Getting through my first year of optometry school was by no means a walk in the park. I would not have been able to cross this milestone without setbacks, obstacles, and failures. But is through these setbacks that I have become a better student and a more optimistic doctor-to-be!
I’d be lying if I said I aced every exam my first year. In fact, during my first quarter at the Illinois College of Optometry (ICO), I bombed my very first anatomy exam. Not only is anatomy a difficult class, but I was also still figuring out how to juggle my other classes on top of having two cumulative exams every week. Since I had less than two weeks to prepare myself for the next anatomy exam, I knew I had to study smarter to be able to redeem myself. I studied diligently, better managed my time, and made it my priority to perform better. After many long nights and hundreds of flashcards, I walked into my second exam feeling nervous, yet confident. My hard work had paid off—I aced it.
I could have let failure get the best of me. I could have been discouraged, or even given up. However, to be the best student and future optometrist I can be, I stayed determined and worked harder to see the result I always knew I could get!
Knowing Your Strengths and Weaknesses
Everyone has unique strengths and weaknesses, and mine were revealed over the past year. I have never been the strongest test-taker and, up until this year, I refused to accept it. I always believed that the only way to succeed in school was by having good grades and getting high-test scores. Time and time again, I found myself challenged by every exam. But through this, I learned that just because multiple choice tests are one of my weaknesses doesn’t mean that I can’t become a successful optometrist.
As my first year of optometry school continued, I found out how much I really enjoyed clinical skills and being able to interact with patients. I not only liked this aspect of the optometry field, but I also started to realize it was going to be an area I could succeed in. I began to focus on ways to become a better clinician and, despite my average test scores, I found a silver lining; clinic was my strength as a student and future optometrist.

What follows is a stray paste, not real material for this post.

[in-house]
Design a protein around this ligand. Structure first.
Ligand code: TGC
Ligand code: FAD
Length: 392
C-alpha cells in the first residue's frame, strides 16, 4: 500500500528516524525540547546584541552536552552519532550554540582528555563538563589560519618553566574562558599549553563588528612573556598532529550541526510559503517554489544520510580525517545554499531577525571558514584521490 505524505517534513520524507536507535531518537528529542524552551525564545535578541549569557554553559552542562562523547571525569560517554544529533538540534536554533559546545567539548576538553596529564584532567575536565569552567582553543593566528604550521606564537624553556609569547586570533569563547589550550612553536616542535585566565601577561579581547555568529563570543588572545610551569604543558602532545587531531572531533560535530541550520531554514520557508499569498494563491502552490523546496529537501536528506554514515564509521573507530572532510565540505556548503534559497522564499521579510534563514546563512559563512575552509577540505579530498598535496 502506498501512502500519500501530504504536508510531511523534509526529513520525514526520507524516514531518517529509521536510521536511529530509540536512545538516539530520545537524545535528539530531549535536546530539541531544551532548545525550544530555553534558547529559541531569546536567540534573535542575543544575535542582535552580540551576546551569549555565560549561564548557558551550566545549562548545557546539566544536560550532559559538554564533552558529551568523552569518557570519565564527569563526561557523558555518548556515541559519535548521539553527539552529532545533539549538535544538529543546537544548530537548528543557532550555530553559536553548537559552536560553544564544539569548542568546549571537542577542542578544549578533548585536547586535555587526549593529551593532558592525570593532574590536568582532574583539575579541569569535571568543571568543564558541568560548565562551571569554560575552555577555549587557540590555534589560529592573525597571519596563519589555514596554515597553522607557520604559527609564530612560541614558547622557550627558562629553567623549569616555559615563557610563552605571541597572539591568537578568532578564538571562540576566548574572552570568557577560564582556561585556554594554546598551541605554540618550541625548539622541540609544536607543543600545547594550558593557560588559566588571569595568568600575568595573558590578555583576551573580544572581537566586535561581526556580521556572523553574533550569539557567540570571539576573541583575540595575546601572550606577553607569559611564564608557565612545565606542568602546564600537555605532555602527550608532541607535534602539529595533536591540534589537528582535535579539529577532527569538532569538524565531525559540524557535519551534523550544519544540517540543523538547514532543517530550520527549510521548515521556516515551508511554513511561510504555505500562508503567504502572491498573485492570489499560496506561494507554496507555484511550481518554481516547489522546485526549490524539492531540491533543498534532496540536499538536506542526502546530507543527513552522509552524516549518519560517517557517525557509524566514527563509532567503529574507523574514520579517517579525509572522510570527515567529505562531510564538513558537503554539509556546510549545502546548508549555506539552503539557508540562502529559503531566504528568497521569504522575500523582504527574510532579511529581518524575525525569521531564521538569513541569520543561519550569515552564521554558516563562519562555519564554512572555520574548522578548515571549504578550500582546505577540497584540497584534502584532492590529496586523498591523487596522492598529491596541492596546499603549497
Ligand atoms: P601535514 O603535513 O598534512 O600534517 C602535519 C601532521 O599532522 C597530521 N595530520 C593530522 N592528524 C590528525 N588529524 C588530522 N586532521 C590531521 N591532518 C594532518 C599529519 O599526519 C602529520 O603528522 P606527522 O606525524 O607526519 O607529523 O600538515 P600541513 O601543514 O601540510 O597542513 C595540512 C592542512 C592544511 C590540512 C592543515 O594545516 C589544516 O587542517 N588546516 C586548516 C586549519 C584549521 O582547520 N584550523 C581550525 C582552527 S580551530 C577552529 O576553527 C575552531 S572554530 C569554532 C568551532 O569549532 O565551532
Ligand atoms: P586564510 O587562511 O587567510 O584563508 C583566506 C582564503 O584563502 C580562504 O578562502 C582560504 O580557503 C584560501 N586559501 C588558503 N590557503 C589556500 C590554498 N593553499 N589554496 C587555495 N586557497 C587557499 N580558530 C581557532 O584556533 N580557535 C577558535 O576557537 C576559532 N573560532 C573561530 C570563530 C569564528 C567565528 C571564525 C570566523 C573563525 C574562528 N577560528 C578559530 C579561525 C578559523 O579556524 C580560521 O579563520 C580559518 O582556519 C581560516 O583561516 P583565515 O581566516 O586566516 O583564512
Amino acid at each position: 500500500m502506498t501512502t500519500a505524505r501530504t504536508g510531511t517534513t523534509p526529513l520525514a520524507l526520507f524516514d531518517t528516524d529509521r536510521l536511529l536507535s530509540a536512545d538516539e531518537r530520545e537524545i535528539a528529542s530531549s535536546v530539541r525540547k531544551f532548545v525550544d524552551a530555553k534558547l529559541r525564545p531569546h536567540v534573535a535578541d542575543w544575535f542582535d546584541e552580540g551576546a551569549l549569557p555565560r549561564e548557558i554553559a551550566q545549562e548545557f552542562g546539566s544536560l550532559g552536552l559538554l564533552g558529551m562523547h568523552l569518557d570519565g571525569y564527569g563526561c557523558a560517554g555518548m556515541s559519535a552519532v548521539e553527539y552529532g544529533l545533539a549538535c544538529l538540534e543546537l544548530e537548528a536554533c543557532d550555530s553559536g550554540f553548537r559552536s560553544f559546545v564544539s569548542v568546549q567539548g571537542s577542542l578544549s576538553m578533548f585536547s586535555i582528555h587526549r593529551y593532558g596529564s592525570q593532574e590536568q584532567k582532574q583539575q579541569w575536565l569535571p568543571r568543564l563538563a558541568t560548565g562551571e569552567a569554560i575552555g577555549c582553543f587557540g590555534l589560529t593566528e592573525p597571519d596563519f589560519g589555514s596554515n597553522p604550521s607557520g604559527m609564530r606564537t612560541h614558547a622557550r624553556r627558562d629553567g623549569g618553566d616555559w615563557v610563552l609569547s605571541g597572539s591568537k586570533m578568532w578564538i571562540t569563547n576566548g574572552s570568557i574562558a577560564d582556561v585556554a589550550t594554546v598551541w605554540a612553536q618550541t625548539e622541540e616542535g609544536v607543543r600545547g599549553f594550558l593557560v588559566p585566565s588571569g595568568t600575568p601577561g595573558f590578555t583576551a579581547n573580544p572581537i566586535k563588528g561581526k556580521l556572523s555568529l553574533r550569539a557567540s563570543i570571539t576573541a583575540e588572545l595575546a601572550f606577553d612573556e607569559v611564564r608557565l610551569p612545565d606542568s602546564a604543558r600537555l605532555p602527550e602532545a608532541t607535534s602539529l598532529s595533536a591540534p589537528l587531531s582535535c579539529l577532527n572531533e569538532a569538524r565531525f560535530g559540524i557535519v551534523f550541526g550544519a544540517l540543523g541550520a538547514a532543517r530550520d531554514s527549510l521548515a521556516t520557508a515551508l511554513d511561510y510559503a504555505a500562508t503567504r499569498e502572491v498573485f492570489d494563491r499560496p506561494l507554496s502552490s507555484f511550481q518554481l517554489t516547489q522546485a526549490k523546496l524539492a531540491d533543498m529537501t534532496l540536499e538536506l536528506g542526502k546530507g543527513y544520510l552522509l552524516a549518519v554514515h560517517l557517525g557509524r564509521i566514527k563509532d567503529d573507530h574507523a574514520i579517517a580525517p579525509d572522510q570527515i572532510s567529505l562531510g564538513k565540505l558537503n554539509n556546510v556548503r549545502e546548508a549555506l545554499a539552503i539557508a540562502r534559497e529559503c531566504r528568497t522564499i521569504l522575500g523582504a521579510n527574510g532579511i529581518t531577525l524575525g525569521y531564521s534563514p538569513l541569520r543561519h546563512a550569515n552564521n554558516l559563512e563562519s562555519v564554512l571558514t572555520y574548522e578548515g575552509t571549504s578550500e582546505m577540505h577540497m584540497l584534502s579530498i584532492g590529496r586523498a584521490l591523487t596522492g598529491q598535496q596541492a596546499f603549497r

“Only those who dare to fail greatly can ever achieve greatly.” –Robert F. Kennedy
Learning From Your Mistakes
With every new academic quarter came a new set of clinical skills that must be performed during a clinical assessment. My classmates and I would spend the weeks leading up to this assessment practicing on each other, correcting each other, and encouraging each other.
There were several days where I would be practicing and either didn’t finish on time, missed a step, or forgot a specific instruction. Although it was frustrating, tedious, and tiring, I had to recognize what mistakes I was making and how to fix them. At the end of the day, these are the skills that I will be performing every day as an optometrist. After putting in the time and preparation in the practice lanes, I ended up being awarded with clinical honors based off of my assessment performance! Learning from my errors allowed me to perform well on my clinical assessments, creating confidence for my future in this profession.
Mistakes and failures have a stigma for setting you back, but they don’t always have to. In life, you learn to get back on your feet when you get knocked down and optometry school is no exception. So, wherever you are in your career, don’t be afraid to fall because at the end of the day, you just might be better for it!